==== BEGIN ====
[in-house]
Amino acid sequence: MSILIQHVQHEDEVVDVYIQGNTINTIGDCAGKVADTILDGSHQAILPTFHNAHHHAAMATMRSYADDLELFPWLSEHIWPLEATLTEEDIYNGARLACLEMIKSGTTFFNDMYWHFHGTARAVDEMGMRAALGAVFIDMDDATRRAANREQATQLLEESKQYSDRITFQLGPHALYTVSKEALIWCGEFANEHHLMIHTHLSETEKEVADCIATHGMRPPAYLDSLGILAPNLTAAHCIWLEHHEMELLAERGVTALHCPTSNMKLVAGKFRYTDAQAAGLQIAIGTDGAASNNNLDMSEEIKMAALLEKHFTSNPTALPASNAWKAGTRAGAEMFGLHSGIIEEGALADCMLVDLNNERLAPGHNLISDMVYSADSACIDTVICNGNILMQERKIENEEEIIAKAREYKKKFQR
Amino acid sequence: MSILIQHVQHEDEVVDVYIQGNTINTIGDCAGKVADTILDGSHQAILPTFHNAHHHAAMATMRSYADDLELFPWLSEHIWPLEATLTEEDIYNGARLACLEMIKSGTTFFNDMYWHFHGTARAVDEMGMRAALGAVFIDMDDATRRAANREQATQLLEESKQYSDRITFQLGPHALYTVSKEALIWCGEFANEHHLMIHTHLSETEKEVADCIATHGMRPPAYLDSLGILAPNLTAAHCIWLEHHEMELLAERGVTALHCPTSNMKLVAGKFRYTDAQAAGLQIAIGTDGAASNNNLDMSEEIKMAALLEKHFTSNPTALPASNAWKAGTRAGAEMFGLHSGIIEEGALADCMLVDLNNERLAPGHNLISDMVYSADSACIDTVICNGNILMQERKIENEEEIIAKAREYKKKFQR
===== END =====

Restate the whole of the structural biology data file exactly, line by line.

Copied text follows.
[in-house]
Amino acid sequence: MSILIQHVQHEDEVVDVYIQGNTINTIGDCAGKVADTILDGSHQAILPTFHNAHHHAAMATMRSYADDLELFPWLSEHIWPLEATLTEEDIYNGARLACLEMIKSGTTFFNDMYWHFHGTARAVDEMGMRAALGAVFIDMDDATRRAANREQATQLLEESKQYSDRITFQLGPHALYTVSKEALIWCGEFANEHHLMIHTHLSETEKEVADCIATHGMRPPAYLDSLGILAPNLTAAHCIWLEHHEMELLAERGVTALHCPTSNMKLVAGKFRYTDAQAAGLQIAIGTDGAASNNNLDMSEEIKMAALLEKHFTSNPTALPASNAWKAGTRAGAEMFGLHSGIIEEGALADCMLVDLNNERLAPGHNLISDMVYSADSACIDTVICNGNILMQERKIENEEEIIAKAREYKKKFQR
Amino acid sequence: MSILIQHVQHEDEVVDVYIQGNTINTIGDCAGKVADTILDGSHQAILPTFHNAHHHAAMATMRSYADDLELFPWLSEHIWPLEATLTEEDIYNGARLACLEMIKSGTTFFNDMYWHFHGTARAVDEMGMRAALGAVFIDMDDATRRAANREQATQLLEESKQYSDRITFQLGPHALYTVSKEALIWCGEFANEHHLMIHTHLSETEKEVADCIATHGMRPPAYLDSLGILAPNLTAAHCIWLEHHEMELLAERGVTALHCPTSNMKLVAGKFRYTDAQAAGLQIAIGTDGAASNNNLDMSEEIKMAALLEKHFTSNPTALPASNAWKAGTRAGAEMFGLHSGIIEEGALADCMLVDLNNERLAPGHNLISDMVYSADSACIDTVICNGNILMQERKIENEEEIIAKAREYKKKFQR